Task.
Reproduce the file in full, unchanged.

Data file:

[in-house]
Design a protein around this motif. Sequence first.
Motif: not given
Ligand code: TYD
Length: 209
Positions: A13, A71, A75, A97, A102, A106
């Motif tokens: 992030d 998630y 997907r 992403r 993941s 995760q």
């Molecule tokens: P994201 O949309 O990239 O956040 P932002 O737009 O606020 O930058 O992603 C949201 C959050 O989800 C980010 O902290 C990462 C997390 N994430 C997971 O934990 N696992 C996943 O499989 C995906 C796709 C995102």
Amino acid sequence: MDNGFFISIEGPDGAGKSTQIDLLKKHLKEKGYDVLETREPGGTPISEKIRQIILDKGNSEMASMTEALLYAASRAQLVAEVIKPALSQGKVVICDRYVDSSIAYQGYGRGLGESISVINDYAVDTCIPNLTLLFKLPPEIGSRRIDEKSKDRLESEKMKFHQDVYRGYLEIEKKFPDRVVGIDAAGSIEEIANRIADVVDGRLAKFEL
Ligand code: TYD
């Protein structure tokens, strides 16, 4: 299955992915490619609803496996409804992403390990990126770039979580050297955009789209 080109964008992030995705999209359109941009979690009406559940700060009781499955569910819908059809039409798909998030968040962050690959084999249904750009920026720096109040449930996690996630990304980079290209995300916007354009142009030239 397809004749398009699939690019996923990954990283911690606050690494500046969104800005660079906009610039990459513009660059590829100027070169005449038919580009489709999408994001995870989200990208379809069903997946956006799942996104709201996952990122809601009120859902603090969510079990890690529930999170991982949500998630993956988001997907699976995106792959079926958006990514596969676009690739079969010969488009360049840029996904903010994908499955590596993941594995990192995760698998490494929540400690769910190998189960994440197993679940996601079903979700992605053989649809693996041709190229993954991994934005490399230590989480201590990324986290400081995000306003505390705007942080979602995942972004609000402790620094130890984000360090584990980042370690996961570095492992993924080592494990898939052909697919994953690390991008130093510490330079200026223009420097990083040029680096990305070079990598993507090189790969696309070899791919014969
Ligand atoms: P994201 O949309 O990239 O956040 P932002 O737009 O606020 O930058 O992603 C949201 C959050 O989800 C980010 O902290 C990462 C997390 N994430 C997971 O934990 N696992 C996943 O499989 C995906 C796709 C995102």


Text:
[in-house]
Design a protein around this motif. Sequence first.
Motif: not given
Ligand code: TYD
Length: 209
Positions: A13, A71, A75, A97, A102, A106
């Motif tokens: 992030d 998630y 997907r 992403r 993941s 995760q």
């Molecule tokens: P994201 O949309 O990239 O956040 P932002 O737009 O606020 O930058 O992603 C949201 C959050 O989800 C980010 O902290 C990462 C997390 N994430 C997971 O934990 N696992 C996943 O499989 C995906 C796709 C995102």
Amino acid sequence: MDNGFFISIEGPDGAGKSTQIDLLKKHLKEKGYDVLETREPGGTPISEKIRQIILDKGNSEMASMTEALLYAASRAQLVAEVIKPALSQGKVVICDRYVDSSIAYQGYGRGLGESISVINDYAVDTCIPNLTLLFKLPPEIGSRRIDEKSKDRLESEKMKFHQDVYRGYLEIEKKFPDRVVGIDAAGSIEEIANRIADVVDGRLAKFEL
Ligand code: TYD
């Protein structure tokens, strides 16, 4: 299955992915490619609803496996409804992403390990990126770039979580050297955009789209 080109964008992030995705999209359109941009979690009406559940700060009781499955569910819908059809039409798909998030968040962050690959084999249904750009920026720096109040449930996690996630990304980079290209995300916007354009142009030239 397809004749398009699939690019996923990954990283911690606050690494500046969104800005660079906009610039990459513009660059590829100027070169005449038919580009489709999408994001995870989200990208379809069903997946956006799942996104709201996952990122809601009120859902603090969510079990890690529930999170991982949500998630993956988001997907699976995106792959079926958006990514596969676009690739079969010969488009360049840029996904903010994908499955590596993941594995990192995760698998490494929540400690769910190998189960994440197993679940996601079903979700992605053989649809693996041709190229993954991994934005490399230590989480201590990324986290400081995000306003505390705007942080979602995942972004609000402790620094130890984000360090584990980042370690996961570095492992993924080592494990898939052909697919994953690390991008130093510490330079200026223009420097990083040029680096990305070079990598993507090189790969696309070899791919014969
Ligand atoms: P994201 O949309 O990239 O956040 P932002 O737009 O606020 O930058 O992603 C949201 C959050 O989800 C980010 O902290 C990462 C997390 N994430 C997971 O934990 N696992 C996943 O499989 C995906 C796709 C995102």